Mr Modi might have questions to ask himself on the most formidable strategic challenge before India that he inherited from the UPA: The triangulation between China and Pakistan.
The failure to break out of it, or even loosen it a bit, is something to reflect on, notes Shekhar Gupta.
If the Shanghai Cooperation Organisation ministerial seemed unusually tense by the standards of such multilateral events, it is because two of its key members are at odds with the third.
Or, if you find it more appropriate, because one of its key members, the host, is at odds with the other two.
Don't fall for the temptation the more things change, the more they stay the same.
There are indeed things that remain the same, like India's slow strategic asphyxiation in the China-Pakistan pincer.
Manmohan Singh had described this as a straightforward case of China using Pakistan as a cheap instrument to 'triangulate' India.
Beyond that, since he handed over the keys to Narendra Modi, much has changed.
The SCO summit is a good moment to take stock of what has changed, and what hasn't. For now, let's focus on the three in our triangle.
Then we will explore beyond this, too.
A good place to begin is an assessment of how each of the three neighbours' Comprehensive National Power (CNP) has evolved in this post-2014 decade. The concept of CNP, by the way, is something we owe to the Chinese discourse.
The expression's Chinese original (zhonghe guoli) began appearing in publications emerging out of Beijing just over three decades ago.
As you would imagine, this takes into account a combination of a lot of factors -- not all empirical or measurable -- from the size and growth of the economy, the strength and cohesion of society, and the firepower and quality of the military, to trade and soft power.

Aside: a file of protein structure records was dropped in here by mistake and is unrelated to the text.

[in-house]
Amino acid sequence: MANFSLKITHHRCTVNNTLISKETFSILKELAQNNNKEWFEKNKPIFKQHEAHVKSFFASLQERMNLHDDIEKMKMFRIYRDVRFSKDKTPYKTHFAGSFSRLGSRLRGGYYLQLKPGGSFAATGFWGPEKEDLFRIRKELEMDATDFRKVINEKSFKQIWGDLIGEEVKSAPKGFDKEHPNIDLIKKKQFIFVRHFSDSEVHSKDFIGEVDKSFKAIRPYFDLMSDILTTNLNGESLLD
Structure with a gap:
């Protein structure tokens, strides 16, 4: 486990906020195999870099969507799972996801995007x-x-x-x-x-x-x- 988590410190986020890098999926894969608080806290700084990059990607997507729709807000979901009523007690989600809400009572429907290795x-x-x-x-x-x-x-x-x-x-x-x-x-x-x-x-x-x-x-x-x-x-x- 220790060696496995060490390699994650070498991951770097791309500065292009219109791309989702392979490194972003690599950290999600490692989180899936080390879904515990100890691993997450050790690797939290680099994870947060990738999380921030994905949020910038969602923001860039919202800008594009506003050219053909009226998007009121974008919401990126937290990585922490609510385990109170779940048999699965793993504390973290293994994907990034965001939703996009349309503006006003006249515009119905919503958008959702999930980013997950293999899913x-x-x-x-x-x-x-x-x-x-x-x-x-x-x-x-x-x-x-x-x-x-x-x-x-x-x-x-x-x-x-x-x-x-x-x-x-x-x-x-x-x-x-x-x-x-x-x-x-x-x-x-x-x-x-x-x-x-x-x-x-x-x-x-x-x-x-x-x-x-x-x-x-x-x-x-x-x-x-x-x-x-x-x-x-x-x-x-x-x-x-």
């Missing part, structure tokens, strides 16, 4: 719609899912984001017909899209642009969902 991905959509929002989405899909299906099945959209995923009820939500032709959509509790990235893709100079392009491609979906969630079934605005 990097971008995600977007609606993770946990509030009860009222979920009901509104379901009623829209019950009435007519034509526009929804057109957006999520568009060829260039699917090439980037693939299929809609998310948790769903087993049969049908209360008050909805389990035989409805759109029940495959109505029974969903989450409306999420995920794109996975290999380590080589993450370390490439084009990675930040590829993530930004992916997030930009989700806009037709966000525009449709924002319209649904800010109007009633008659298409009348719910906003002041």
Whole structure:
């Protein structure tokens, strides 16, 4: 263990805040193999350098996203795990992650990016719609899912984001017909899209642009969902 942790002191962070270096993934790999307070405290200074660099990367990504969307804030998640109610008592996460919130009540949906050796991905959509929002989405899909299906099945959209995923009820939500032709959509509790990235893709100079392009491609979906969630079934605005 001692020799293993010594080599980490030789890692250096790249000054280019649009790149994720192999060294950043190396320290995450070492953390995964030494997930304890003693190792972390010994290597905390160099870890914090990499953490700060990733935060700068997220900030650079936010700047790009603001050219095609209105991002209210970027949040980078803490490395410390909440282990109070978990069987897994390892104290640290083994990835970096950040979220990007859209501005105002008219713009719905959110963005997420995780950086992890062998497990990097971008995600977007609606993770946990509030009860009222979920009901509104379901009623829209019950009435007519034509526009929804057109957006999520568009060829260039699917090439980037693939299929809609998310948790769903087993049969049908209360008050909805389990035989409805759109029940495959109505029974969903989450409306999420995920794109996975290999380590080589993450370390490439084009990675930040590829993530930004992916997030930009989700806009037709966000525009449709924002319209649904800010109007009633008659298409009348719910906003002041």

But these things are not so easy to quantify and convert into numbers or rankings.
On most metrics, Pakistan, for example, would be a near-nothing today.
Where, however, will its 200-plus nukes and massive armed forces place it overall? Then, see it purely from India's point of view.
Thanks to its nukes and nuisance value, Pakistan isn't as much of a cipher as many in India would have wanted it to be.
The determinants of a nation's CNP, therefore, are also defined by how they affect their friends, adversaries, and neighbours.
Pakistan is today the weakest it's been since the eve of the Soviet invasion of Afghanistan in 1979.
It's ruled by a coalition government with a pretence of being popularly elected but with even less credibility than dictator Zia-ul Haq in 1979.
I say that with care because Zia's word was the law. Nobody will say so for Shehbaz Sharif's or his cabinet's.
The economy is bankrupt, and the growth rate for the year -- if you believe the International Monetary Fund (which some consider optimistic) -- is 0.5 per cent. It may go up to around 2 per cent next year.
The income gap between Pakistan and not just India, but all of the subcontinent, is now widening at a pace that should alarm Islamabad.
It won a suicidal, ego and ideology-driven victory in Afghanistan by defeating its own most valuable ally of 65 years, and is now left with almost no chips on the strategic negotiating table.
If its geostrategic location has been Pakistan's most significant, monetisable asset, it has blown it by backing the Taliban in that bizarre search for strategic depth.
The Gulf Arabs have moved on from where commitment to Sunni Islam determined their policy choices in the region. They have no patience for Pakistan and its constant demands.
This has reduced Pakistan to being China's vassal State today. And even there it has a problem.